What’s the best way to listen to Danny Baker while riding a bicycle?

October 24, 2012

I’ve mentioned before that one of the central pleasures in my life is listening to Danny Baker on BBC London while I ride my bicycle into town. To do this, I used to use the TuneIn app for the iPhone, but it has a rude habit of cutting Danny off mid-anecdote, restarting a moment later at the same point it lost the signal, then skipping a few seconds to catch up. By which point Danny has gone to a Fountains of Wayne record, and I’ve missed the funniest bit of the story. Curse you, capricious app!

For this reason, I now listen to the world’s greatest radio show on an FM radio accessory which plugs into the old version of the iPod. But I’m no analogue snob, and it’s irksome having to carry a phone as well as an iPod, so this week I gave the new BBC iPlayer Radio app a whirl.

Is it any better than TuneIn? Well, after dialing up BBC London 94.9 using the whizzy little semicircular station selector, it soon became clear that it isn’t. On my seven-mile journey, the signal conked out three times – and unlike TuneIn, which attempts to reconnect automatically, I had to stop riding and restart it. Another advantage of TuneIn is that you can listen to practically any station in the world, not just the BBC’s output. So if you can put up with your favourite show going silent mid-broadcast, then choose TuneIn over iPlayer radio.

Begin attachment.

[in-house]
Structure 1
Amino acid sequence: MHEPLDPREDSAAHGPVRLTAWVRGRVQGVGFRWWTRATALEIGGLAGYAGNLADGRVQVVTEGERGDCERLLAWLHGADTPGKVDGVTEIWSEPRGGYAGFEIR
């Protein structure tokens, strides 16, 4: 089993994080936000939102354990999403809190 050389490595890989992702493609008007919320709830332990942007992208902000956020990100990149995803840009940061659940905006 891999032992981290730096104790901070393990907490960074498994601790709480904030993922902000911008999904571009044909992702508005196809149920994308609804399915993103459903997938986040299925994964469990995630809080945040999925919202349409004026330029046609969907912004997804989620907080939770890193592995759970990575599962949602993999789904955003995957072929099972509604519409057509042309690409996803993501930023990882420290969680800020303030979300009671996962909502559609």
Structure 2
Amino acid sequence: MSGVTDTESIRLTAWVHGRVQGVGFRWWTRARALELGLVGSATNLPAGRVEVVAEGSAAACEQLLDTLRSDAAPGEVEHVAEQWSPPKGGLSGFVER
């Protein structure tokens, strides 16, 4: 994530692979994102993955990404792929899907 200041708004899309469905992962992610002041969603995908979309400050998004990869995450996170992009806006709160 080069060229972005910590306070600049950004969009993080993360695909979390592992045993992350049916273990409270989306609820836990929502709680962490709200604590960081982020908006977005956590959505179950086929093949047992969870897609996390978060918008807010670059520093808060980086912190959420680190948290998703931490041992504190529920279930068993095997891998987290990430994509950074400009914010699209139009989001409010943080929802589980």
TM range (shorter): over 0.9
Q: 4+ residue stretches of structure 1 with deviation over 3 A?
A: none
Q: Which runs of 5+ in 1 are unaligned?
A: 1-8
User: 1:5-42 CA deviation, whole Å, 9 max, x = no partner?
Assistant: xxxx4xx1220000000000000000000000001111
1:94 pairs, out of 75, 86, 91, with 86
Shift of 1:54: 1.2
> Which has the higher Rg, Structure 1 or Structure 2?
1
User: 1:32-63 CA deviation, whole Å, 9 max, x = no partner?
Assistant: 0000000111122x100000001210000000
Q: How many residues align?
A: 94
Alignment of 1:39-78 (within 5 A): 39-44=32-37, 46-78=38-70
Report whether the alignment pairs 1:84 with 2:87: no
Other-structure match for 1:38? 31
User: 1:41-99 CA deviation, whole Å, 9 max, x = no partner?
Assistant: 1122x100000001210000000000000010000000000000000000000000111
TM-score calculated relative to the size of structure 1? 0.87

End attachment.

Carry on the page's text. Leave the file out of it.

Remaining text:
Yesterday was a decisive moment for a number of familiar technologies: Ceefax displayed its final pixels, and Apple sounded the death knell for CDs and DVDs by announcing that the new super-slim iMac won’t have an optical drive (although you can buy an external device if, in the slightly condescending words of Apple’s marketing chief, you are “stuck in the past”). FM, meanwhile, the old iron horse of audio broadcast media, has kept on going – even if it is, like an OAP, a little fuzzy at times. Perhaps 4G will be so fast and reliable that I’ll be able to chuck out my little iPod radio attachment, but at the moment it seems clear that radio apps don’t work as well as they should on 3G. So I’m puzzled why the BBC released theirs now. In the meantime, it’s FM for the Candyman.

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